My Friend Dahmer suggests the horrors in the hallway

Adaptation of the autobiographical graphic novel about the early years of the notorious serial killer is disturbing and never exploitative


MY FRIEND DAHMER (Marc Meyers). 107 minutes. Opens Friday (November 10). See listing. Rating: NNNN


There’s something about the Jeffrey Dahmer case that brings out the best in filmmakers. First there was David Jacobson’s 2002 thriller Dahmer, which put Jeremy Renner on the map, and 15 years later here’s My Friend Dahmer, a queasily convincing adaptation of Derf Backderf’s autobiographical graphic novel about that weird kid he knew in high school. 

Understanding that Jeff Dahmer was a human being before he became a monster, director/screenwriter Marc Meyers – whose previous features Harvest and How He Fell In Love gave no indication that he’d be able to make a movie this unsettling – tells the story straight, showing us the suffocating environment that locked a damaged teenager onto his infamous trajectory.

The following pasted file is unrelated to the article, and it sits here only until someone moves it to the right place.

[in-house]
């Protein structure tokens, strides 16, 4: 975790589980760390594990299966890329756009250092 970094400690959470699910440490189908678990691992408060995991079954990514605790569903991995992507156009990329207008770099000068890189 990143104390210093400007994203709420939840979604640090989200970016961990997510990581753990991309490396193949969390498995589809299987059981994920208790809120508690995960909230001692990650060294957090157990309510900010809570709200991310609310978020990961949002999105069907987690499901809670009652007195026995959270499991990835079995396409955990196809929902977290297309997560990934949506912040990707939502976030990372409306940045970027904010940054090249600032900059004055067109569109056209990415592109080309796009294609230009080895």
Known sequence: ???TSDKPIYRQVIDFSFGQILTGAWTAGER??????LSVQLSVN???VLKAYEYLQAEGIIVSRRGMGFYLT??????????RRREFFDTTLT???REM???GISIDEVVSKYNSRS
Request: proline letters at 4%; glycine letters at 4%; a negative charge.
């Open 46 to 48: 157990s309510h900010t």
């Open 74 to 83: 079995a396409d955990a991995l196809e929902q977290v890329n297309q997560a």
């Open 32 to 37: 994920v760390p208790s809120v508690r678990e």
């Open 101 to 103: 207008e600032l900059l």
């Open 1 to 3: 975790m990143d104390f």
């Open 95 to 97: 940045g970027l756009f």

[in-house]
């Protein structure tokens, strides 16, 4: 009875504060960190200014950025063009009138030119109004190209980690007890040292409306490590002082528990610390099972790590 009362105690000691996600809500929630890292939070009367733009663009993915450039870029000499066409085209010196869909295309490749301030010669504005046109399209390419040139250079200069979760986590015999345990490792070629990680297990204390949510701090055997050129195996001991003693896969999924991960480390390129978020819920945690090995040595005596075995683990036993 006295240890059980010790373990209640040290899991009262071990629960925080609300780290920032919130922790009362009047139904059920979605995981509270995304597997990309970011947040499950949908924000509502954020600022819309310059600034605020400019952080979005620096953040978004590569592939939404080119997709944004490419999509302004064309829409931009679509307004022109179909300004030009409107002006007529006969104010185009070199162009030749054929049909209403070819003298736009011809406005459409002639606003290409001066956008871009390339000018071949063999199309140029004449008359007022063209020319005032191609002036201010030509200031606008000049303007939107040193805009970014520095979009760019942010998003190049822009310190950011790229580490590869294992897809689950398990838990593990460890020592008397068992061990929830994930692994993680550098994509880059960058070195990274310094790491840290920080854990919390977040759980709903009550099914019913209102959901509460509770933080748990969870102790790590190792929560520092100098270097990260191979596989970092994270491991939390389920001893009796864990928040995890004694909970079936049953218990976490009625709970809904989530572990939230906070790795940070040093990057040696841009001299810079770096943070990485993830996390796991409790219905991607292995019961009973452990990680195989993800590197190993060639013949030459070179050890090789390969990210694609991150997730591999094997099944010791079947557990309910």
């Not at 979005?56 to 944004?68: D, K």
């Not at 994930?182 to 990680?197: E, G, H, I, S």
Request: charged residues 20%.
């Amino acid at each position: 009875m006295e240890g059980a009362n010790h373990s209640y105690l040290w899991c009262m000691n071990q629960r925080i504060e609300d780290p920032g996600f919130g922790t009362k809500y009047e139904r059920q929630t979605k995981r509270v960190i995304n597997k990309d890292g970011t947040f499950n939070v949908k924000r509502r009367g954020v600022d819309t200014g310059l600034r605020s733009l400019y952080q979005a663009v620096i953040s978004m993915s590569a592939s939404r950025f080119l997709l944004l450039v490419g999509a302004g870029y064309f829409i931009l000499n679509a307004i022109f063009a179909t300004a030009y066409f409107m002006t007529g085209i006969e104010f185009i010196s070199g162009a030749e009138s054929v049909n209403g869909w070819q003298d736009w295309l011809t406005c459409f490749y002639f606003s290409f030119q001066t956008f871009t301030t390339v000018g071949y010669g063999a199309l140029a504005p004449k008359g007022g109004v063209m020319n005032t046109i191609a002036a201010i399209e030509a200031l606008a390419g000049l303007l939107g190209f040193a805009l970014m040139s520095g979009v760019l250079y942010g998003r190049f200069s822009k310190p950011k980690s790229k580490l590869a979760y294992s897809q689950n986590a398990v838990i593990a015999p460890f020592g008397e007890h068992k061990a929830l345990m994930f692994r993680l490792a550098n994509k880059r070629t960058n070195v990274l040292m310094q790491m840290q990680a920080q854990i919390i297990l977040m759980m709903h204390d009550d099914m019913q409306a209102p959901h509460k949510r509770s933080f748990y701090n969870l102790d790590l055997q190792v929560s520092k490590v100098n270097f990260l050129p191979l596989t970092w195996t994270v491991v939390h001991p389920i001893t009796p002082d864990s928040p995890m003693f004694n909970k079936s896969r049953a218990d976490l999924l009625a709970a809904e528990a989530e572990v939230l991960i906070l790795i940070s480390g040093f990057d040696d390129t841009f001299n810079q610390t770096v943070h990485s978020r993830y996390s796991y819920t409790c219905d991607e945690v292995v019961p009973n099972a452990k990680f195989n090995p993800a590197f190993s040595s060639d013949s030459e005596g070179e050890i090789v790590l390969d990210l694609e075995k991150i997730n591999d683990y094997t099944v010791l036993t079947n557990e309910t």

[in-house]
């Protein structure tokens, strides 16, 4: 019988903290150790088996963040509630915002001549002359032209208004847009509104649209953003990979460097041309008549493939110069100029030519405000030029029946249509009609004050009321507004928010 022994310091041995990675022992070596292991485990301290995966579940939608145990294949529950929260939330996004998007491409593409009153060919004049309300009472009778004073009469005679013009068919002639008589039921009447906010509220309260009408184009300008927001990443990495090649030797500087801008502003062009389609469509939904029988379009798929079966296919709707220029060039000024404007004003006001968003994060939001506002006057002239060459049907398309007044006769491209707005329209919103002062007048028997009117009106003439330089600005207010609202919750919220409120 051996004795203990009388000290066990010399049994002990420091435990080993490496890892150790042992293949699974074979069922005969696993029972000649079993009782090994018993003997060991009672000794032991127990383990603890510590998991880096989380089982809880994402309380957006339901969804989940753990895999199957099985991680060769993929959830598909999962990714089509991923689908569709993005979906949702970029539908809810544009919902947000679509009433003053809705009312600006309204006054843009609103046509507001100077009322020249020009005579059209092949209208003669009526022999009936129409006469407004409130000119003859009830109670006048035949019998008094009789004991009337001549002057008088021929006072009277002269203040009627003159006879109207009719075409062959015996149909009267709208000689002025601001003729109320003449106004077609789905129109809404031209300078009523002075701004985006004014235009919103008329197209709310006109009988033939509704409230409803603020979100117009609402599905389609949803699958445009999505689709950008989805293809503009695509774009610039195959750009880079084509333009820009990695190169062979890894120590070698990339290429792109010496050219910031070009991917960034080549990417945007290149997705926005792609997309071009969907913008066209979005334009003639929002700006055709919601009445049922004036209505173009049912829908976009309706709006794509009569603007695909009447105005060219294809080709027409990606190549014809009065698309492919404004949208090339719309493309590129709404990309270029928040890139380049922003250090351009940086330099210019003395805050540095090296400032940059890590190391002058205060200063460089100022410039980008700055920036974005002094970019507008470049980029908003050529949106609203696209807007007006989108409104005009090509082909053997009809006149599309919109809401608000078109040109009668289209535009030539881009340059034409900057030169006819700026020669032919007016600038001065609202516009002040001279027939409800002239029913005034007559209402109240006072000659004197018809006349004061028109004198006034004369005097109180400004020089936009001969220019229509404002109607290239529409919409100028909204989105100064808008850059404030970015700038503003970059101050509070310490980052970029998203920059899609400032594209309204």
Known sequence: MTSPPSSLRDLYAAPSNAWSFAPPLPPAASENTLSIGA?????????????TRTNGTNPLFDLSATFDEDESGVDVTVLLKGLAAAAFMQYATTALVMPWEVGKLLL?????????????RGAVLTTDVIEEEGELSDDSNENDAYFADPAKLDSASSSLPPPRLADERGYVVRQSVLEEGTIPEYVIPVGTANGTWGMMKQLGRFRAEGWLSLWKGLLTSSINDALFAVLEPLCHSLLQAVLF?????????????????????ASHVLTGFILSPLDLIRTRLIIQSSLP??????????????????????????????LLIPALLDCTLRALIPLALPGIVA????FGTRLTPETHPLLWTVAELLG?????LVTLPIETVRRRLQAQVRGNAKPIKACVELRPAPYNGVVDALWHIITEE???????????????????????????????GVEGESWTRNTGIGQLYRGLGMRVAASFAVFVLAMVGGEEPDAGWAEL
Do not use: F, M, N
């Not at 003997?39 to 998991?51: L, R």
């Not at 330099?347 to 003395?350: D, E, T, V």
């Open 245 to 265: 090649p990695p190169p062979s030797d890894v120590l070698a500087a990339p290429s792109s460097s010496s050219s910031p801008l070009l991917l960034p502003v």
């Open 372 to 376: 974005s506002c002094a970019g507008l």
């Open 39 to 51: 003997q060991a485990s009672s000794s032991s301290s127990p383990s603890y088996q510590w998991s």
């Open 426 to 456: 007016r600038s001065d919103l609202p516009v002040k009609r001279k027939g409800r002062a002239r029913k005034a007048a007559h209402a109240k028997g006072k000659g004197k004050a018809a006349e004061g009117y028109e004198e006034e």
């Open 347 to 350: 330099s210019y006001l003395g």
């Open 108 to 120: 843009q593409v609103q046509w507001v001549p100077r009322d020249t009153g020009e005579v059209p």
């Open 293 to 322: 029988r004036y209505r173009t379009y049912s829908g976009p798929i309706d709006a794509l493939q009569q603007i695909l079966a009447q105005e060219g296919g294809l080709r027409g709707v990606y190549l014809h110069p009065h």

Ross Lynch sets fire to his Disney Channel persona as the socially awkward Dahmer, while fellow Disney alum Alex Wolff (The Naked Brothers Band) plays his classmate Backderf – a watchful, artistic kid who’s not quite able to make a real connection. Anne Heche and Dallas Roberts are painfully believable as Dahmer’s deeply dysfunctional parents, too. 

What’s creepiest about My Friend Dahmer is the way Meyers frames Jeff’s inexorable descent into depravity against the iconography of the American teen movie (lockers, classrooms, malls, prom), suggesting unimaginable horrors lurking just out of frame. The movie plays like a nightmare, but never quite tips its hand – which makes it all the more nightmarish.

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